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Maintaining Optimism in the Face of Reality. Occasional observations on the state of the world, society, business and politics. Usually anchored by facts, always augmented by opinion.


If You Can't Be Good, Be Consistent  | e-mail post

I stumbled upon Metacritic's list of the 200 worst movies. Unlike IMDB's "Bottom 100" list, Metacritic aggregates reviews from professional film critics, while IMDB bases theirs on user ratings. Mass opinion versus the elites. One weakness of the Metacritic list is that it lacks the completeness of IMDB, having complete critic data only back to 1999. And we all know there was plenty of crap produced before then. For example, Metacritic necessarily misses out on the entire Police Acadmy franchise. In addition, because of IMDB's fairly slick algorithm for computing film ratings, their Best/Worst lists include films that have a sufficient mass of reviews to make them relevant (as of today, making the worst list requires 625 ratings, while making the best list requires 1250 ratings). Thus, for example, Metacritic's worst film "The Singing Forest" (Sorry, no DVD, so no DVD link) while reviewed by seven professional reviewers, does not even have 5 user ratings on its IMDB listing as of today.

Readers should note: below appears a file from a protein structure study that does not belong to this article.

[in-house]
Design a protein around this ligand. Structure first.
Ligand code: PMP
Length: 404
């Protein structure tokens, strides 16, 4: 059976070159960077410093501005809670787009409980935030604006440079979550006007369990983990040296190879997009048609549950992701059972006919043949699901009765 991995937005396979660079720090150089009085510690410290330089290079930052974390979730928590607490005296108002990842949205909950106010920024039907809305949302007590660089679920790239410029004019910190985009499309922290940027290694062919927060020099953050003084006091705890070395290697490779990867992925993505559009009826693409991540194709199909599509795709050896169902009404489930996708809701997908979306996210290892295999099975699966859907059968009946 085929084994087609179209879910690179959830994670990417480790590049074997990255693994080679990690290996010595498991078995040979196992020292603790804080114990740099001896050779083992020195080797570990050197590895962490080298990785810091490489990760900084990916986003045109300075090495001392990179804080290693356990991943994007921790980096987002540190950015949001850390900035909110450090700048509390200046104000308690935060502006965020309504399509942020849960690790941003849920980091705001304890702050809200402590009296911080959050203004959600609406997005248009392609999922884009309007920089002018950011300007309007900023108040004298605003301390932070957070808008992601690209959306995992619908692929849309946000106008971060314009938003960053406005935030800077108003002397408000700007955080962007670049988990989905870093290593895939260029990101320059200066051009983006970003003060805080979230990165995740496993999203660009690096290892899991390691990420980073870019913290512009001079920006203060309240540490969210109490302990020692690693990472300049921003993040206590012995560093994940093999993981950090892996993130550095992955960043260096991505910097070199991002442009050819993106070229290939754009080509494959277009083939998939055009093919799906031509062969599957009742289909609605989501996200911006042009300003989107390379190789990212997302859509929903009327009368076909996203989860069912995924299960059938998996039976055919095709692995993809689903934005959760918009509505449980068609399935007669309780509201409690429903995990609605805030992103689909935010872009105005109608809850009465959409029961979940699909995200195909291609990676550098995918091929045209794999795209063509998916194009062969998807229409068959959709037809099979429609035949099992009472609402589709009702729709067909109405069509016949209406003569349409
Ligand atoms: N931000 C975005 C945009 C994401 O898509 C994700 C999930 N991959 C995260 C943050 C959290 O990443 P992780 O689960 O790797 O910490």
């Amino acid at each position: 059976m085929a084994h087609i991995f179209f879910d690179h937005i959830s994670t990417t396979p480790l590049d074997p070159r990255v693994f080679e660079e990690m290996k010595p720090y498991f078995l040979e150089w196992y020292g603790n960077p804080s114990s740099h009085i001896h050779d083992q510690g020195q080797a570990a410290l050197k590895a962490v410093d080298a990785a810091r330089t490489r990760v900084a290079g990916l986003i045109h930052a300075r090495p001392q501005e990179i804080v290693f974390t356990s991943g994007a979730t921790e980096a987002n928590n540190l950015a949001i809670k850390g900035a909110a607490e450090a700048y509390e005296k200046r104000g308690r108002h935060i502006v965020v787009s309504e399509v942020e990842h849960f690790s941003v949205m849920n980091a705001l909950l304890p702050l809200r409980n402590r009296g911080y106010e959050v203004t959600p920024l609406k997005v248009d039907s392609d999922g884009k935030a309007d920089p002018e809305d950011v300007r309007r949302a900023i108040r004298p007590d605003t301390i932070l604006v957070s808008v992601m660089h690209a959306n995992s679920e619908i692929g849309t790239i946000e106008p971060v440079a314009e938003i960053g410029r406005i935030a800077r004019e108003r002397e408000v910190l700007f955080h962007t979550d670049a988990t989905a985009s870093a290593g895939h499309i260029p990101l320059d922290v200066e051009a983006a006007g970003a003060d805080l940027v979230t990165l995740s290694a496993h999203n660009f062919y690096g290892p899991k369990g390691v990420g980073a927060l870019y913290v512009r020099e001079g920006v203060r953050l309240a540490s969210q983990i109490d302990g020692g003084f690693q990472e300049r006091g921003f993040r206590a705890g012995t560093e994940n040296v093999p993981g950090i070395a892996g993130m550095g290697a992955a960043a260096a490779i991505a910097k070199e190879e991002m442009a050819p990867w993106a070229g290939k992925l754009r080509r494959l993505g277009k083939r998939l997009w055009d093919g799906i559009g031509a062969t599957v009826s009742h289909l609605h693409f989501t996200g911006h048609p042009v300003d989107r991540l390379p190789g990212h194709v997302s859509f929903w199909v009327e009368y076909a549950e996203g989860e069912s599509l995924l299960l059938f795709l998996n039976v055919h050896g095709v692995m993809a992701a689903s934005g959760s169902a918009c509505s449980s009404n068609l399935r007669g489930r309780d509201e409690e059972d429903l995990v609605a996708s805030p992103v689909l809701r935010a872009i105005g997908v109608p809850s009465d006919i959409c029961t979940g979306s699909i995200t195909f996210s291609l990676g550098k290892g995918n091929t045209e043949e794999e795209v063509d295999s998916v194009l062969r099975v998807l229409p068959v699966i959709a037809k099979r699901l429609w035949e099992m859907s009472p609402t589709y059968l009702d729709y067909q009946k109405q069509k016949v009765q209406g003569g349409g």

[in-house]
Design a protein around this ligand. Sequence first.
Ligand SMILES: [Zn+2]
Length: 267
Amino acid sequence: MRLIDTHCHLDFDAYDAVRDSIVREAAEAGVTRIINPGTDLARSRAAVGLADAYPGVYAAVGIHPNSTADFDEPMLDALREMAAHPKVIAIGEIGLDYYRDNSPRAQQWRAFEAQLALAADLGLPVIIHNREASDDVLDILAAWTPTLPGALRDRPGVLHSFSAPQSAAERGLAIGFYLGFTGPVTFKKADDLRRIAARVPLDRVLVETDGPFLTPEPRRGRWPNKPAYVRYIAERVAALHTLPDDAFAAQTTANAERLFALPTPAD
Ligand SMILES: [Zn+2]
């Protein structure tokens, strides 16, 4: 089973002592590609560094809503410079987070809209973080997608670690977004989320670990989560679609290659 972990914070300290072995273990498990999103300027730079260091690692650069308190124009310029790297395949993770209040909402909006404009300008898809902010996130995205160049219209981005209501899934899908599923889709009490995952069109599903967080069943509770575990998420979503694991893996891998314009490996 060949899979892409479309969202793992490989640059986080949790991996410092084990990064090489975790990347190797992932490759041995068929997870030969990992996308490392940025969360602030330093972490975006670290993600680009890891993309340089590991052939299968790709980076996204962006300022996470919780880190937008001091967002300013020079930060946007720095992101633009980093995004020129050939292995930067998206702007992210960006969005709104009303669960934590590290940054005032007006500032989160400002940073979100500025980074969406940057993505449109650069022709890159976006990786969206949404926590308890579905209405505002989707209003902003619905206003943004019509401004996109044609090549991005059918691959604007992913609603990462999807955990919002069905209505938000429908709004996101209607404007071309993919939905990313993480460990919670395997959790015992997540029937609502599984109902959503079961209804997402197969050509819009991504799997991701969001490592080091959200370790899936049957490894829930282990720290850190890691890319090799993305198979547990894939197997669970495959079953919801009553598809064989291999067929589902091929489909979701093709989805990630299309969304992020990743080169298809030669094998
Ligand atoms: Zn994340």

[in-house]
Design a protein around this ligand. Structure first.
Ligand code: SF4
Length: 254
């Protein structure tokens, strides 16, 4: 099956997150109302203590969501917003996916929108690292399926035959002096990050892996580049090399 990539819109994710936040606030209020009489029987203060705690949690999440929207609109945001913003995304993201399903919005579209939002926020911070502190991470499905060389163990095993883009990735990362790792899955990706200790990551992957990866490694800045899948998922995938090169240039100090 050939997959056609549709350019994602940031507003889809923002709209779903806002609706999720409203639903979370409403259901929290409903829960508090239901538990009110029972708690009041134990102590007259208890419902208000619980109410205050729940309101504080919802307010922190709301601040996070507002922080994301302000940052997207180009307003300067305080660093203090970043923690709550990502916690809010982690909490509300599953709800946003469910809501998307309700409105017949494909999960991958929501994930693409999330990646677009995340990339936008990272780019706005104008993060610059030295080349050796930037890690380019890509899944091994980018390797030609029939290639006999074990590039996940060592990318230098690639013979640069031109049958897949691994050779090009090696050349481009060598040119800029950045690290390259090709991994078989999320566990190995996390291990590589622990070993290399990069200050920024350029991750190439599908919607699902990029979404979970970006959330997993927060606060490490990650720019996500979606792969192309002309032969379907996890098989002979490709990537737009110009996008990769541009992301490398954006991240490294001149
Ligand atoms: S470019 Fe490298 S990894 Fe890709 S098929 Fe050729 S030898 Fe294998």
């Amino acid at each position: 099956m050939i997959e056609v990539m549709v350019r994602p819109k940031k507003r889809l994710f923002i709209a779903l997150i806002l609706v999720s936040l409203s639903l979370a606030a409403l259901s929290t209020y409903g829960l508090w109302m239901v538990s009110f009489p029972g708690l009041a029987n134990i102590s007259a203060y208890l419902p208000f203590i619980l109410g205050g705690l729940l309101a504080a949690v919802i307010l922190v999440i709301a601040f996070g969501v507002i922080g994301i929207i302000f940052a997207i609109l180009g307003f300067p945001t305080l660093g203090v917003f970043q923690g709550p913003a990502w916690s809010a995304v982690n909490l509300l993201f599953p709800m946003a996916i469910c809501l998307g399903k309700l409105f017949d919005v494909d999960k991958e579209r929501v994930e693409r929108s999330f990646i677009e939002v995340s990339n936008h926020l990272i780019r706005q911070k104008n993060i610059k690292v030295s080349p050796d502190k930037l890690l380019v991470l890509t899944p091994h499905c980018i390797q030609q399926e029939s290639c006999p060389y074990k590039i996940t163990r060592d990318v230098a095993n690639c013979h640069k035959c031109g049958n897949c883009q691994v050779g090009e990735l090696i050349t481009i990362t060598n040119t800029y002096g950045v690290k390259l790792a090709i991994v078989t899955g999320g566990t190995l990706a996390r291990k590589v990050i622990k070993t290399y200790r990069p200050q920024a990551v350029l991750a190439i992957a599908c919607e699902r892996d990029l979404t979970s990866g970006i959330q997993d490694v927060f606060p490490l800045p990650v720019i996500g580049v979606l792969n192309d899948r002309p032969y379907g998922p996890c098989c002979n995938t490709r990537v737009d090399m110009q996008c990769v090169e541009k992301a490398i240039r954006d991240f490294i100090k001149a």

But I didn't start writing this to opine about different ways of computing a list of worst films.

The thing I thought was interesting, however, was the consistency. One director, Jorge Ameer, took both the #1 and #3 spots in the worst movie list. (Strictly speaking, it was a three-way tie for first place, with Pauly Shore's Bio-Dome sharing the glory.) As Steven Holden of the New York Times writes in his review: "The Singing Forest was written and directed by Jorge Ameer, whose film 'Strippers' opened three years ago and remained the single worst movie I had ever reviewed -- until now." Holden actually used the word "cheesy" to describe "Strippers" in his review of that film. I am not sure I would have imagined "cheesy" showing up in the Gray Lady other than in a quotation.

While typically practice makes perfect, Ameer appears to be a phenom who has a natural talent for the art of creating pure and unadulterated crap. This is one independent director who has obviously beaten Hollywood at its own game.

As an aside: In a display of vanity surprising even by film industry standards, Ameer himself wrote, under his own name, his biography on IMDB. Not surprisingly, you'd never guess from the bio that he is responsible for what would seem to be two of the three worst films of the decade.

Needless to say, I now need to see these films. It goes beyond trainwreck curiousity, Ameer obviously has a gift, albeit an unfortunate one, and I feel compelled to see the results.

e-mail post | Link Cosmos | [Permalink]  |  | Friday, July 23, 2004
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